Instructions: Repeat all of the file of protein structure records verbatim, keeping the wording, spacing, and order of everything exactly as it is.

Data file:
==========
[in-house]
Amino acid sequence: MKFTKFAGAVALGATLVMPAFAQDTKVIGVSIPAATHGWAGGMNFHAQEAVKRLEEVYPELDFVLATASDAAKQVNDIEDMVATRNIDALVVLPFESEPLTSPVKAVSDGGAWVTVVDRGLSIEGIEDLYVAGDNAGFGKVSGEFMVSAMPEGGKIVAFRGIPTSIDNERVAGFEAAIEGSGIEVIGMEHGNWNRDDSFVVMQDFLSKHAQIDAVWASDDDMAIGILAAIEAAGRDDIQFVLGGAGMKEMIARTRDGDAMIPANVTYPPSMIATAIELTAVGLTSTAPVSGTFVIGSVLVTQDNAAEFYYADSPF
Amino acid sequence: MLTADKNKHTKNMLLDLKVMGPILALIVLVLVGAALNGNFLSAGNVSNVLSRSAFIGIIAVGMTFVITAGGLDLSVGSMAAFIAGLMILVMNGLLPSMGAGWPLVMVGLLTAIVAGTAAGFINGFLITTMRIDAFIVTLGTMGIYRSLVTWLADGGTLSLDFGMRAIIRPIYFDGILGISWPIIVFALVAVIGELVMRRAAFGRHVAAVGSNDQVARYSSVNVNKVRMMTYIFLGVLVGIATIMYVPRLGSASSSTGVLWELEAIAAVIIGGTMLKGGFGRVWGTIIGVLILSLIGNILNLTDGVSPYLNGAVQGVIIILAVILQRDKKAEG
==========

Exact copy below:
[in-house]
Amino acid sequence: MKFTKFAGAVALGATLVMPAFAQDTKVIGVSIPAATHGWAGGMNFHAQEAVKRLEEVYPELDFVLATASDAAKQVNDIEDMVATRNIDALVVLPFESEPLTSPVKAVSDGGAWVTVVDRGLSIEGIEDLYVAGDNAGFGKVSGEFMVSAMPEGGKIVAFRGIPTSIDNERVAGFEAAIEGSGIEVIGMEHGNWNRDDSFVVMQDFLSKHAQIDAVWASDDDMAIGILAAIEAAGRDDIQFVLGGAGMKEMIARTRDGDAMIPANVTYPPSMIATAIELTAVGLTSTAPVSGTFVIGSVLVTQDNAAEFYYADSPF
Amino acid sequence: MLTADKNKHTKNMLLDLKVMGPILALIVLVLVGAALNGNFLSAGNVSNVLSRSAFIGIIAVGMTFVITAGGLDLSVGSMAAFIAGLMILVMNGLLPSMGAGWPLVMVGLLTAIVAGTAAGFINGFLITTMRIDAFIVTLGTMGIYRSLVTWLADGGTLSLDFGMRAIIRPIYFDGILGISWPIIVFALVAVIGELVMRRAAFGRHVAAVGSNDQVARYSSVNVNKVRMMTYIFLGVLVGIATIMYVPRLGSASSSTGVLWELEAIAAVIIGGTMLKGGFGRVWGTIIGVLILSLIGNILNLTDGVSPYLNGAVQGVIIILAVILQRDKKAEG